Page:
A turn is the time during which each participant in spoken discourse holds the floor. it may be short, as in the two turns below :
A : What's the time?
B : 9 o'clock
or long - eg when someone is giving a speech.
The changeover between participants is known as turn taking. Turn taking is rule governed . In short turns, the speaker will indicate when s/he has finished speaking by such paralinguistic devices as intonation, drawl on the final syllable, or may actively bring other participants into the conversation :
A : ..... Didn't something similar happen to you once, Jean?
Speaking without receiving such signals consitutes "interrupting" and may be seen as impolite. The exception to this is back-channel language - eg the comments made by the listener when someone is taking a longer turn in informal conversation and telling an anecdote. These contributions by the listener (Really? Uh huh. That's amazing! Did you? Wow!) are short, need no reply or change in direction of the discourse, and are seen simply as expressing interest and encouraging the speaker to continue - not as an attempt to take over the discourse.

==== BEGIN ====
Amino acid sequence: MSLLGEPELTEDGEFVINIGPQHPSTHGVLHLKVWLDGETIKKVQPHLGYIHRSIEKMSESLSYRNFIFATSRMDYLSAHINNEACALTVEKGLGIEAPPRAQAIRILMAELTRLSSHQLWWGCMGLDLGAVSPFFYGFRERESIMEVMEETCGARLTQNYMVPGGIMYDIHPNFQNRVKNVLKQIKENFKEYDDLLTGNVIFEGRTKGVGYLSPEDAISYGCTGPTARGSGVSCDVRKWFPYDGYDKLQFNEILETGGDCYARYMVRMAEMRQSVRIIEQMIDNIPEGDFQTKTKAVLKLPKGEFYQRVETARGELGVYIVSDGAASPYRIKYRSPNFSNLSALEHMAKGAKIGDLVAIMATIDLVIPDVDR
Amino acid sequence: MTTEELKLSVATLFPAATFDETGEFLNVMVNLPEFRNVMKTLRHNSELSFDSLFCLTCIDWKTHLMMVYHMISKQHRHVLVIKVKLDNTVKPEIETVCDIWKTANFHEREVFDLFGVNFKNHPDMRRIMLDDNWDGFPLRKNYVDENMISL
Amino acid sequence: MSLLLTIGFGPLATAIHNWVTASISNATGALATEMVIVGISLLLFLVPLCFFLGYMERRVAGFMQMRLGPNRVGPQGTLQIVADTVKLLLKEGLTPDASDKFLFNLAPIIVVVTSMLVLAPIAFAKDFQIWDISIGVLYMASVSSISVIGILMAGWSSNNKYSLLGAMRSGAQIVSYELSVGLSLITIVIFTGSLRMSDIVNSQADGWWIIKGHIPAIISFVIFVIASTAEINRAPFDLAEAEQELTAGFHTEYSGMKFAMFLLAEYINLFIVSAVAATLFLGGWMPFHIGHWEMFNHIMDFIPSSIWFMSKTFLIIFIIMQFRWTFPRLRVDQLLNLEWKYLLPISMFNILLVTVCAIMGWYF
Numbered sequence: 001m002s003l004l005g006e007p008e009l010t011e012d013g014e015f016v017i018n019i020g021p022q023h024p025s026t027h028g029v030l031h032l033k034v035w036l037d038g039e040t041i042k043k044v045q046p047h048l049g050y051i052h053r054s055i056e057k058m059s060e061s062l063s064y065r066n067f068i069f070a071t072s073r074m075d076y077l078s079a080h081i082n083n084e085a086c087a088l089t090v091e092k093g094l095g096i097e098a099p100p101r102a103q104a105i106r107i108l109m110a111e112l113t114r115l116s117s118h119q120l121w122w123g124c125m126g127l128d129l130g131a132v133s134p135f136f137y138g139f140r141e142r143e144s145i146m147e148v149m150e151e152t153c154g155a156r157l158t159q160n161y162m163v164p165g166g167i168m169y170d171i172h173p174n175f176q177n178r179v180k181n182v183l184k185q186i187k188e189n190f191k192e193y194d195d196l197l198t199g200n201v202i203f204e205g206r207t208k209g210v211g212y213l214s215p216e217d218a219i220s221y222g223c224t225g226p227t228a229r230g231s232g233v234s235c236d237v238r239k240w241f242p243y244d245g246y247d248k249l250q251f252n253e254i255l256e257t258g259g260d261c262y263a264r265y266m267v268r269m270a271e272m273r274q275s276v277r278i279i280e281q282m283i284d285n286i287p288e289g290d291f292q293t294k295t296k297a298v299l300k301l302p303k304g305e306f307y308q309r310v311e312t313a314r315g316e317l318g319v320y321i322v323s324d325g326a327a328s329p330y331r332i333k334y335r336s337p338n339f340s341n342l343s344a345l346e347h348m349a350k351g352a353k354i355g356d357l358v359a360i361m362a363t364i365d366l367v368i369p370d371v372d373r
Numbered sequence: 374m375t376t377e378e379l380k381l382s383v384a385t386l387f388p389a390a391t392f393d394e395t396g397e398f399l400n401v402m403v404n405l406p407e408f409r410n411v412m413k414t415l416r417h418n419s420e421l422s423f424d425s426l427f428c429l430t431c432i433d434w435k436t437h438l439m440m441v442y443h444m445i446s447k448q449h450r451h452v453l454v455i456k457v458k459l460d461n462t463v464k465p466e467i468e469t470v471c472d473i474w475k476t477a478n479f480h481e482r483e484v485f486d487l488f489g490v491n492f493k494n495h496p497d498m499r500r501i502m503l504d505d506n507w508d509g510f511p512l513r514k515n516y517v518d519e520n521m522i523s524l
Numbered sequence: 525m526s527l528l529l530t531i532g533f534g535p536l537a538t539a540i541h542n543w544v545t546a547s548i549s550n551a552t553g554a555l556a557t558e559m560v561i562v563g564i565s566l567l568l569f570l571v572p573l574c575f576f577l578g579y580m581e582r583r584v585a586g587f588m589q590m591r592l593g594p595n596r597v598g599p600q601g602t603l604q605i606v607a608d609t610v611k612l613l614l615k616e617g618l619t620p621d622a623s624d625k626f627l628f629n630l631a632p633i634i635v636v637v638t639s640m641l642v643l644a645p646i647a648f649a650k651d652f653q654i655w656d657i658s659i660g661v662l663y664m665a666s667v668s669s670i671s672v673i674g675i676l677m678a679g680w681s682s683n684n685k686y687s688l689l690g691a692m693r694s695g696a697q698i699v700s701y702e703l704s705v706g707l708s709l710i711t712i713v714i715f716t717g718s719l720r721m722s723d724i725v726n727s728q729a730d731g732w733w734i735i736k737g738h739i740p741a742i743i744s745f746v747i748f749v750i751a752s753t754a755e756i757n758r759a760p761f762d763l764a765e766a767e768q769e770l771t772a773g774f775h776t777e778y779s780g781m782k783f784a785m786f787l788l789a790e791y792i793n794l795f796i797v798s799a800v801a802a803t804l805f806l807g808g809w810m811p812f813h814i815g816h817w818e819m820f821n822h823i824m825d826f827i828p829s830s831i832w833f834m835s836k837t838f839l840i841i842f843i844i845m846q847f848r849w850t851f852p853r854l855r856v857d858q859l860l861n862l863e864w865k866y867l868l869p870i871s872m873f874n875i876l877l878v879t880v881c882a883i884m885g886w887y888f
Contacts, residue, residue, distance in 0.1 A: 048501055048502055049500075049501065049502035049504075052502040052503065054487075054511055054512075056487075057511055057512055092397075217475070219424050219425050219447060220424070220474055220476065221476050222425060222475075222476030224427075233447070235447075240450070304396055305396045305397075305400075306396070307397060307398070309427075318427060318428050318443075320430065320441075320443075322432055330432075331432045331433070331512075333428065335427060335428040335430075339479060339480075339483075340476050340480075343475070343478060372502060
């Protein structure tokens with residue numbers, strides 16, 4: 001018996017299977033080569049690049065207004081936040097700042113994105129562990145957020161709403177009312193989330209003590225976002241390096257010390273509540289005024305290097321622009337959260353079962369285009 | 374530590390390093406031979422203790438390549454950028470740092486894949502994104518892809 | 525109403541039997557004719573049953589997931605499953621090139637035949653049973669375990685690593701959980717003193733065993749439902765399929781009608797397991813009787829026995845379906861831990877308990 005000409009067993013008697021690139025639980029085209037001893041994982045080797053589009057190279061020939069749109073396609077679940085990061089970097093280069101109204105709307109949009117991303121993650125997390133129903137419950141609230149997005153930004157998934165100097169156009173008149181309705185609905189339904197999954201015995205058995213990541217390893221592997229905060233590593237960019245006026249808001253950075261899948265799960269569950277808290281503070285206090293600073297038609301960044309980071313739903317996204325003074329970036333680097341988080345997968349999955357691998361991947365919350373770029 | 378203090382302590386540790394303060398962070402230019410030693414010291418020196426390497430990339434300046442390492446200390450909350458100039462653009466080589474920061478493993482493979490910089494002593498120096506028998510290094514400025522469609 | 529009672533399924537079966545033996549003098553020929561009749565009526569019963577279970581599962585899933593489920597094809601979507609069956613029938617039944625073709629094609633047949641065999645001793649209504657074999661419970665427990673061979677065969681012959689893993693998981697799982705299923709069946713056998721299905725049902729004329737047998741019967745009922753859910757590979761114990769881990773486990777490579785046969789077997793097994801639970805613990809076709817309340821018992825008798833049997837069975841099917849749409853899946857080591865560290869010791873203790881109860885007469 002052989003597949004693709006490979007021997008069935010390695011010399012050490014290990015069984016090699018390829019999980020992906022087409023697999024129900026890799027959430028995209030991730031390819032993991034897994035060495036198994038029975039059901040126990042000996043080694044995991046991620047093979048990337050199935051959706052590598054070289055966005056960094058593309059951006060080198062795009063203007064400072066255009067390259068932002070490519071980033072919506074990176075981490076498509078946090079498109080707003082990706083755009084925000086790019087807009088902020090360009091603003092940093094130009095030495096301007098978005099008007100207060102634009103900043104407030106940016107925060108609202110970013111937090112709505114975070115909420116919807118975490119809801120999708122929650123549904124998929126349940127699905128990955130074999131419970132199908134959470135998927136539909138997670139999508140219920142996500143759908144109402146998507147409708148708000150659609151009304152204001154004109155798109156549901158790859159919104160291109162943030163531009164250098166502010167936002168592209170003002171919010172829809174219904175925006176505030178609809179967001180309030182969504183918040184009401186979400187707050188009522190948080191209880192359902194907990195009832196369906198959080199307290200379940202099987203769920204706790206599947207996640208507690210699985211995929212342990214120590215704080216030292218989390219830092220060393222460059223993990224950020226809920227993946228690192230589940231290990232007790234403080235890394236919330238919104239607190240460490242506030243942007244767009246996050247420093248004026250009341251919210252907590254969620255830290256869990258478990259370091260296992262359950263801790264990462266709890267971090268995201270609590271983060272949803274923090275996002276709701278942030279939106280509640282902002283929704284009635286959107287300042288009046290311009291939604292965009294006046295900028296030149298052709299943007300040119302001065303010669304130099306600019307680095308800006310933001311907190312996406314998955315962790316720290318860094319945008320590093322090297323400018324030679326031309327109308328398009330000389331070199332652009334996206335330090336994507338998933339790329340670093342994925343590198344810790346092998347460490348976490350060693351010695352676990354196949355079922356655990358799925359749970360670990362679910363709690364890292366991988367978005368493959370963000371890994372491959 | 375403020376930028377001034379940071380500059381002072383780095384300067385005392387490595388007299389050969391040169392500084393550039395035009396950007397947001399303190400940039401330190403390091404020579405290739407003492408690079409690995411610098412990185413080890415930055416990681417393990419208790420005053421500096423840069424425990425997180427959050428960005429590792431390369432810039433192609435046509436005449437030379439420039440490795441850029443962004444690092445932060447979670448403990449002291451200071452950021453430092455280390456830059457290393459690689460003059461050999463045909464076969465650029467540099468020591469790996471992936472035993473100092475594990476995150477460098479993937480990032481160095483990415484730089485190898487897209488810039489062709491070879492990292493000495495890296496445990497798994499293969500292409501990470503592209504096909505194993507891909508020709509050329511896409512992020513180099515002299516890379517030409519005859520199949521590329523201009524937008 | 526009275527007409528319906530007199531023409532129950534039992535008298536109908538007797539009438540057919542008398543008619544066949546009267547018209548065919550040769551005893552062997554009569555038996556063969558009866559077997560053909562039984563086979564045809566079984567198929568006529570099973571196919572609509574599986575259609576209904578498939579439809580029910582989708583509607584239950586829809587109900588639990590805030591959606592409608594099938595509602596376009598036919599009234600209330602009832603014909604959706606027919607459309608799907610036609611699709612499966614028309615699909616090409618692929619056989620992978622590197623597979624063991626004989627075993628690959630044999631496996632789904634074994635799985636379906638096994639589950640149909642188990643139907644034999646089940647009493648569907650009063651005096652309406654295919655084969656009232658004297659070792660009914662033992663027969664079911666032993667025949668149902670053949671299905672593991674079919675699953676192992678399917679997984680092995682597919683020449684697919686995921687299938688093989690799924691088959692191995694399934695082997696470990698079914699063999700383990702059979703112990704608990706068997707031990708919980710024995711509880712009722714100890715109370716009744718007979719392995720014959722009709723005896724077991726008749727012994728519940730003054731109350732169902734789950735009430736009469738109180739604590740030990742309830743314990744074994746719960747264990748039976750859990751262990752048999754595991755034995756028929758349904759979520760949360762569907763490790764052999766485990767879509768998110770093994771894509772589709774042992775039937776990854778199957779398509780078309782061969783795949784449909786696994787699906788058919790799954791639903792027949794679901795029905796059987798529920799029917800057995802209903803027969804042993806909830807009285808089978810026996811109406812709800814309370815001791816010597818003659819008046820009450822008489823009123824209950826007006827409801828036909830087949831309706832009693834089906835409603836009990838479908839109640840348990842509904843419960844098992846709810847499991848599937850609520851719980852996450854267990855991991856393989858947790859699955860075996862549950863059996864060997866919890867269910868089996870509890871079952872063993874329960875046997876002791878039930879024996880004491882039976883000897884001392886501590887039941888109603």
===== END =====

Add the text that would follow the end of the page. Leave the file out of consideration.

In formal, long turns - speeches, presentations, lectures etc - it is usually conventionally accepted that the speaker has the right to finish what s/he is saying without interruption unless s/he overtly signals that s(he has come to a point where participants may contribute :
A : OK, that's the marketing policy. Does anyone have any questions before I go on?
This will often also happen at the end, will a signal of closure and a "handing over" of the turn :
A : Ok, that's all I have to say. Thank you for being such a nice audience. Does anyone have any final questions or comments?
I've used the word "conventionally", and turn taking is often affected both cross-culturally and within communities by factors such as gender. See the further reading below for more information.